Australian pop star Vanessa Amorosi can’t remember the day her biological father finally left, but she remembers all too well the feeling of relief.
From the outside looking in, Frank Amorosi was a popular singer and entertainer.
Behind closed doors he was a monster.
The surprise revelation aired in the Supreme Court of Victoria this month, where Vanessa went to war with her estranged mother Joyleen Robinson over allegations she mismanaged the singer’s money.
This came as the growing feud in the Amorosi family was also exposed, with Vanessa’s sisters Natasha and Mellissa standing side by side with their mother every day when she appeared in court.
Vanessa had her big break in 2000 with her performance at the Sydney Olympics and hits like “Absolutely Everybody”.
Her father had also made a career of performing on stage, although it was of a minor magnitude compared to the heights that Vanessa had achieved in the last two decades.
Although Frank enjoyed some success as an artist, he often only appeared as a warm-up actor for real stars.
Frank Amorosi was a popular Melbourne entertainer for decades, but behind closed doors he was a monster
Frank (left) and Vanessa Amorosi (right) at the time she claims he brutalized her family
Vanessa Amorosi had her breakthrough in 2000 with a series of worldwide hits
The Glenroy RSL charged $8 a head to see him sing in 2014, the year he died aged 60.
Nevertheless, Frank was a popular regular in pubs, clubs and RSLs across Melbourne, and his talent agents promoted him as having a voice similar to legendary crooner Tom Jones.
In the 1980s, Smörgasbord lovers fondly remembered him performing cabaret music at The Swagman in Ferntree Gully.
In the spotlight, Frank was a dynamic personality full of fun melodies and charisma.
But in court this month his daughter Vanessa struggled to describe her relationship with her “violent” biological father – saying “difficult” was probably an understatement.
“I don’t know if you would say it was difficult.” “When Frank, my real father, and my mother separated, it was one of the best moments in my life,” she said.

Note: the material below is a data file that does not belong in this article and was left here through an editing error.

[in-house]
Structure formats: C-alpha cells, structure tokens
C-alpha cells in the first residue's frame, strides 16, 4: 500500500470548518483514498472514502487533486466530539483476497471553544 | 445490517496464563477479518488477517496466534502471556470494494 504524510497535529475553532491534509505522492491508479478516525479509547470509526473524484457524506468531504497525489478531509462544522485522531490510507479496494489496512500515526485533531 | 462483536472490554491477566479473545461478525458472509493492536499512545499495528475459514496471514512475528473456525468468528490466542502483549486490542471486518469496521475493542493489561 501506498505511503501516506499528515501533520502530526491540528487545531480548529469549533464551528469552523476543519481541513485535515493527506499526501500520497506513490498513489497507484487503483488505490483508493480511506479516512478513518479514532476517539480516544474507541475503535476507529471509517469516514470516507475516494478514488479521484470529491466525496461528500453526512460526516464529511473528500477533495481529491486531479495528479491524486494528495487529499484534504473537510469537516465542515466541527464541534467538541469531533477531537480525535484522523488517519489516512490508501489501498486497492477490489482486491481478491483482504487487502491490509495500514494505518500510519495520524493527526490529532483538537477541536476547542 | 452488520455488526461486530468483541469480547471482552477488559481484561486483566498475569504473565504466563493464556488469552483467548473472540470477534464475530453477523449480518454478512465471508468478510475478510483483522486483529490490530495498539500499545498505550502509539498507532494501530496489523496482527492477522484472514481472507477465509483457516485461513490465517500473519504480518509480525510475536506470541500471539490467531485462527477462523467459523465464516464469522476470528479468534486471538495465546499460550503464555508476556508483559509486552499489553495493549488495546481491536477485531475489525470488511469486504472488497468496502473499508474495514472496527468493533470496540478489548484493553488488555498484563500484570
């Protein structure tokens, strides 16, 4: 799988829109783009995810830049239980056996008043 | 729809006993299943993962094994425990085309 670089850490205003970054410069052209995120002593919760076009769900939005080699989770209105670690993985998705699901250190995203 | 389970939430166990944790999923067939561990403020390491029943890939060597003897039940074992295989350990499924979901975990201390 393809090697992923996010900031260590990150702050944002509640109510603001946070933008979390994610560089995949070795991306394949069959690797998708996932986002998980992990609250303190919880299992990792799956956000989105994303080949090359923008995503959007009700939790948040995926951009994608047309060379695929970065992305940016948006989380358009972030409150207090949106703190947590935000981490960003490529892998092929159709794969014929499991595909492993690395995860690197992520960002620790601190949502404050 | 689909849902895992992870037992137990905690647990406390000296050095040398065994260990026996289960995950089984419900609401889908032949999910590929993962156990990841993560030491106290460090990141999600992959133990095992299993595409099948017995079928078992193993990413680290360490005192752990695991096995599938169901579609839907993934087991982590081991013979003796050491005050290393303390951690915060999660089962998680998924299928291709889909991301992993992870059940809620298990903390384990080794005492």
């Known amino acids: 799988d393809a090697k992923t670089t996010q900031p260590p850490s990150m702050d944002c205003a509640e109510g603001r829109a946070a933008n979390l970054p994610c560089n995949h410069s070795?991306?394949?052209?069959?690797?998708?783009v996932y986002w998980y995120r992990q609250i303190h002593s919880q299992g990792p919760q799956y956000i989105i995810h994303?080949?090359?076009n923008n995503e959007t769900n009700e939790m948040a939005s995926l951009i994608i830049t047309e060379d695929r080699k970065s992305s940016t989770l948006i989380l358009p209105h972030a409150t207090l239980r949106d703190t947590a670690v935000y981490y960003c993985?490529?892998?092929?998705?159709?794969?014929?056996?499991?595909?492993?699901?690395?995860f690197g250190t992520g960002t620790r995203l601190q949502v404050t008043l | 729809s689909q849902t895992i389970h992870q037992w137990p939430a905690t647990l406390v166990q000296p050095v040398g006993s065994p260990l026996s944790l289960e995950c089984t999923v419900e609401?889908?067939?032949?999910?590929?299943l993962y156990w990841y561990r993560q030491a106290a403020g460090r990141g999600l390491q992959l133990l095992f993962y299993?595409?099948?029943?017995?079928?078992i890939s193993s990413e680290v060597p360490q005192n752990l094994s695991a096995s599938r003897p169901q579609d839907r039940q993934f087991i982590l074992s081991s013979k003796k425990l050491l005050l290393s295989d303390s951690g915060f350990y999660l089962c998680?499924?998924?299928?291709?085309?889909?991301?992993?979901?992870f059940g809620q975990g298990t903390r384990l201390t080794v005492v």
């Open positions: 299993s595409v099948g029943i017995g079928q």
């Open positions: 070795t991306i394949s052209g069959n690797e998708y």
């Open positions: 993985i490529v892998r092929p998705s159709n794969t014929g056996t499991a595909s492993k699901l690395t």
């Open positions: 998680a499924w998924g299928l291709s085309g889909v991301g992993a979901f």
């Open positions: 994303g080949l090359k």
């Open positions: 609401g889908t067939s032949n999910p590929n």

Vanessa told the court she was too young to remember exactly when Frank left.
She explained that her stepfather, Peter Robinson, a humble electrician who remained close to her estranged mother, was the man she considered her true father.
“Peter came to us when we were really hurting and he really helped us build a better relationship with a male figure.” “It took a long time but he did it,” Vanessa told the court.
Vanessa Amorosi (pictured outside the Supreme Court in Melbourne) was forced to revisit memories of her violent biological father, Frank Amorosi
Joyleen Robinson (third from left) enters the courtroom accompanied by husband Peter (left) and daughters Mellissa (second from left) and Natasha (right).
Peter married her mother in 1994 when Vanessa was just 13 years old. The wedding took place at the family home in Emerald, where Vanessa grew up before Frank left.
“I have a lot of emotions when I talk about Peter because my real father was very violent,” Vanessa told the court.
Just the question of her upbringing brought the star to tears, forcing judge Steven Moore to take a break so she could calm down.
“I’m sorry, I’m very distracted when I think about my father,” she said – referring to Peter.
In his last year of life, Frank regularly posted old photos and videos of himself singing on social media.